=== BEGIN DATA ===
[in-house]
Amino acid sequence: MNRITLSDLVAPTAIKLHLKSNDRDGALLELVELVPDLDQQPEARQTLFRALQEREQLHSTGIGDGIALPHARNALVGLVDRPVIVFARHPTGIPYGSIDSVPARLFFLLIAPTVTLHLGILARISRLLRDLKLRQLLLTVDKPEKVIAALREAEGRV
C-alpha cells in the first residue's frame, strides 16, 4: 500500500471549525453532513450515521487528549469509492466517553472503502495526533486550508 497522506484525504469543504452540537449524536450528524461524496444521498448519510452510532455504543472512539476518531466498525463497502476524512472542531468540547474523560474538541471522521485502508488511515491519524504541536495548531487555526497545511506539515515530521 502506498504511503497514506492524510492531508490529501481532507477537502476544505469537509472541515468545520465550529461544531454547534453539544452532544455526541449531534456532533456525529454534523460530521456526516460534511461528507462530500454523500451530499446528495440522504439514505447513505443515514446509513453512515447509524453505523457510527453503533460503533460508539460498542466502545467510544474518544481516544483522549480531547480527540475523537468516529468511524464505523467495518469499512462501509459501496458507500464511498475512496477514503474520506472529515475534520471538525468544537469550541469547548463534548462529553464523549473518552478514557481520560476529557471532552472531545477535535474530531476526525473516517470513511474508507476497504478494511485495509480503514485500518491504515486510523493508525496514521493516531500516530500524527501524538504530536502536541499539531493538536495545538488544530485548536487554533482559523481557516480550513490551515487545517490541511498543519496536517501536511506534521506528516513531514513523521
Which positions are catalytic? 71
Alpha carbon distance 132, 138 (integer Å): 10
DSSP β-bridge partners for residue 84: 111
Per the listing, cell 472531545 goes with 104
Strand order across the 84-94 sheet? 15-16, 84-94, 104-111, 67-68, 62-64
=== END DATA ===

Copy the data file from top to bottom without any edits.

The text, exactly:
[in-house]
Amino acid sequence: MNRITLSDLVAPTAIKLHLKSNDRDGALLELVELVPDLDQQPEARQTLFRALQEREQLHSTGIGDGIALPHARNALVGLVDRPVIVFARHPTGIPYGSIDSVPARLFFLLIAPTVTLHLGILARISRLLRDLKLRQLLLTVDKPEKVIAALREAEGRV
C-alpha cells in the first residue's frame, strides 16, 4: 500500500471549525453532513450515521487528549469509492466517553472503502495526533486550508 497522506484525504469543504452540537449524536450528524461524496444521498448519510452510532455504543472512539476518531466498525463497502476524512472542531468540547474523560474538541471522521485502508488511515491519524504541536495548531487555526497545511506539515515530521 502506498504511503497514506492524510492531508490529501481532507477537502476544505469537509472541515468545520465550529461544531454547534453539544452532544455526541449531534456532533456525529454534523460530521456526516460534511461528507462530500454523500451530499446528495440522504439514505447513505443515514446509513453512515447509524453505523457510527453503533460503533460508539460498542466502545467510544474518544481516544483522549480531547480527540475523537468516529468511524464505523467495518469499512462501509459501496458507500464511498475512496477514503474520506472529515475534520471538525468544537469550541469547548463534548462529553464523549473518552478514557481520560476529557471532552472531545477535535474530531476526525473516517470513511474508507476497504478494511485495509480503514485500518491504515486510523493508525496514521493516531500516530500524527501524538504530536502536541499539531493538536495545538488544530485548536487554533482559523481557516480550513490551515487545517490541511498543519496536517501536511506534521506528516513531514513523521
Which positions are catalytic? 71
Alpha carbon distance 132, 138 (integer Å): 10
DSSP β-bridge partners for residue 84: 111
Per the listing, cell 472531545 goes with 104
Strand order across the 84-94 sheet? 15-16, 84-94, 104-111, 67-68, 62-64